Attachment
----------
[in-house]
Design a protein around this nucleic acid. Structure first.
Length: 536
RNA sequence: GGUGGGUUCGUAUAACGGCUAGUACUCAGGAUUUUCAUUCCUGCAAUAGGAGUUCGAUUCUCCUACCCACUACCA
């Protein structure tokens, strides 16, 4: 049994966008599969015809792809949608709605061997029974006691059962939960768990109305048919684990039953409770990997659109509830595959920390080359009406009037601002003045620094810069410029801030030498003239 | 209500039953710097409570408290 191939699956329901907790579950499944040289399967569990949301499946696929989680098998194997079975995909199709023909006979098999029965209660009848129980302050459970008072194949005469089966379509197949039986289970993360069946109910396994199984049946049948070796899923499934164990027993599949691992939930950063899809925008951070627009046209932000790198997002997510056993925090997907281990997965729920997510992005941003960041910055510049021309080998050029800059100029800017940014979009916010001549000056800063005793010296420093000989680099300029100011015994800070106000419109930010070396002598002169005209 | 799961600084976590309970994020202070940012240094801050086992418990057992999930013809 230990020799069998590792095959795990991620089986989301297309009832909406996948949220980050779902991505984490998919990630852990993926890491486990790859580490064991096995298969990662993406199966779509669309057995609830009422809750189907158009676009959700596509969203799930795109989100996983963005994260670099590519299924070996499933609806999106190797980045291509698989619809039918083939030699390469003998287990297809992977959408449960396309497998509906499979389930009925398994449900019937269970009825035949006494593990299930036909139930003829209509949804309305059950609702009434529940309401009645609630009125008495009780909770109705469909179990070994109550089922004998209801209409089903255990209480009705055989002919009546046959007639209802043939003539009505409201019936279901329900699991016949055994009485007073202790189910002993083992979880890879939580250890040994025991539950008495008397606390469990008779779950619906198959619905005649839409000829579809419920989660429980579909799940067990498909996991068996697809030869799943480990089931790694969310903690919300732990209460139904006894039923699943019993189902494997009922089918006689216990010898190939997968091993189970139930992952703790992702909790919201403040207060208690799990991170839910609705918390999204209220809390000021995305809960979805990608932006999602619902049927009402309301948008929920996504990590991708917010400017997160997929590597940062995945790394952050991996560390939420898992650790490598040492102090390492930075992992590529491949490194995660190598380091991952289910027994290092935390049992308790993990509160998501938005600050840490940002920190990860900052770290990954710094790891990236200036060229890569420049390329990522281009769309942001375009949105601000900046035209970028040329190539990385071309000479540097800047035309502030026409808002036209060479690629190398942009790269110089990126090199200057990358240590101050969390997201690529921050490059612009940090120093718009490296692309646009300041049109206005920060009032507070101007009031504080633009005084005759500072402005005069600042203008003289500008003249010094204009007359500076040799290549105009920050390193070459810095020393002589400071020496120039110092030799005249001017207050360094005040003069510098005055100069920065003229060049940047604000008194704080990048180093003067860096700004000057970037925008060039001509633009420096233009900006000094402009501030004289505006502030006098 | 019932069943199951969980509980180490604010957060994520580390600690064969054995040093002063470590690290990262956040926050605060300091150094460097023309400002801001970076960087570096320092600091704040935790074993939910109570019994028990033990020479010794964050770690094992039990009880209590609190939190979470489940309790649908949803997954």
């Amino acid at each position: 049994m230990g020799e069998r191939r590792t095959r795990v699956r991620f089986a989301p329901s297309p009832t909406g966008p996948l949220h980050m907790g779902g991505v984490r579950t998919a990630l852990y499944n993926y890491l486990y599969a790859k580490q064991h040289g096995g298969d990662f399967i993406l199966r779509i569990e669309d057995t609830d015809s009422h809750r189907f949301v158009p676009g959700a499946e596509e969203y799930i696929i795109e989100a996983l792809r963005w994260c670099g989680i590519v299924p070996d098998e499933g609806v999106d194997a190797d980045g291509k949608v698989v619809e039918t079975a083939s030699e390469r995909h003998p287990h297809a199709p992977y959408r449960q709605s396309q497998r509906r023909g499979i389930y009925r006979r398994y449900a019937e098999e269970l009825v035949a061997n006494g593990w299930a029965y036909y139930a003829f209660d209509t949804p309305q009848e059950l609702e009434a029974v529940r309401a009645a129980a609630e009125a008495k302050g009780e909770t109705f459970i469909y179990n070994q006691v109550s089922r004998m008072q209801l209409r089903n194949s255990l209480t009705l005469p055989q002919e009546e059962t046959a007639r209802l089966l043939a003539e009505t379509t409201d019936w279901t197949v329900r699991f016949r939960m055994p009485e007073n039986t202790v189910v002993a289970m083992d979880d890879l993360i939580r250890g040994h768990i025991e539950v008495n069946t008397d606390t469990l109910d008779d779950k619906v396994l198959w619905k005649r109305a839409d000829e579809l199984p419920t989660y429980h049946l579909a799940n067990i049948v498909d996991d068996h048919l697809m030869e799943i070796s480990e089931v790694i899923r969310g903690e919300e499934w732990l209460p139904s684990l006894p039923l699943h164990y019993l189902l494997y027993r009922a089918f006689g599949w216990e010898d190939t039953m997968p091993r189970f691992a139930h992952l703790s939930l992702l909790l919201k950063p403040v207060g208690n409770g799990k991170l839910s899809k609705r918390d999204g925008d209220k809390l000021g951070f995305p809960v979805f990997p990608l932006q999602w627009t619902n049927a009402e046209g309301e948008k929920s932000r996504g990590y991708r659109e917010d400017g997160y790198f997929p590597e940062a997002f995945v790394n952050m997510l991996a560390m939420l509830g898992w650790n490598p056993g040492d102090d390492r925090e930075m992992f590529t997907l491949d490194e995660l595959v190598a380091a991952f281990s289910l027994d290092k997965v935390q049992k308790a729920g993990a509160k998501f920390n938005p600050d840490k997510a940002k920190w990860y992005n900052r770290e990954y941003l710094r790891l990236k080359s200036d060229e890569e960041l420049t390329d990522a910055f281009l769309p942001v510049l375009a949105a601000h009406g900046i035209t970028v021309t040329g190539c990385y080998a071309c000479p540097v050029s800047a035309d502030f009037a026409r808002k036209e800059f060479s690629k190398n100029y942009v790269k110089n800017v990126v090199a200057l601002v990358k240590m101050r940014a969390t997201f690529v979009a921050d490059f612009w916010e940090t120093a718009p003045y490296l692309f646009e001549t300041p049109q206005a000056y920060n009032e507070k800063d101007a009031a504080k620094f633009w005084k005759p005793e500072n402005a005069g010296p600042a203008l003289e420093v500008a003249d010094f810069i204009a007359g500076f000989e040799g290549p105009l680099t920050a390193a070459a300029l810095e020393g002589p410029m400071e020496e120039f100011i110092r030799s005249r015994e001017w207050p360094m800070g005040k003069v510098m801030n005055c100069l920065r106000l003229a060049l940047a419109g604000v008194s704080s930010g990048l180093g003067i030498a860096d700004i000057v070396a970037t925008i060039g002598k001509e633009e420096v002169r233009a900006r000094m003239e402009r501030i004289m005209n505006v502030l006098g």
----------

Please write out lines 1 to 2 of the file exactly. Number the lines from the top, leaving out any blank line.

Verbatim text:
[in-house]
Design a protein around this nucleic acid. Structure first.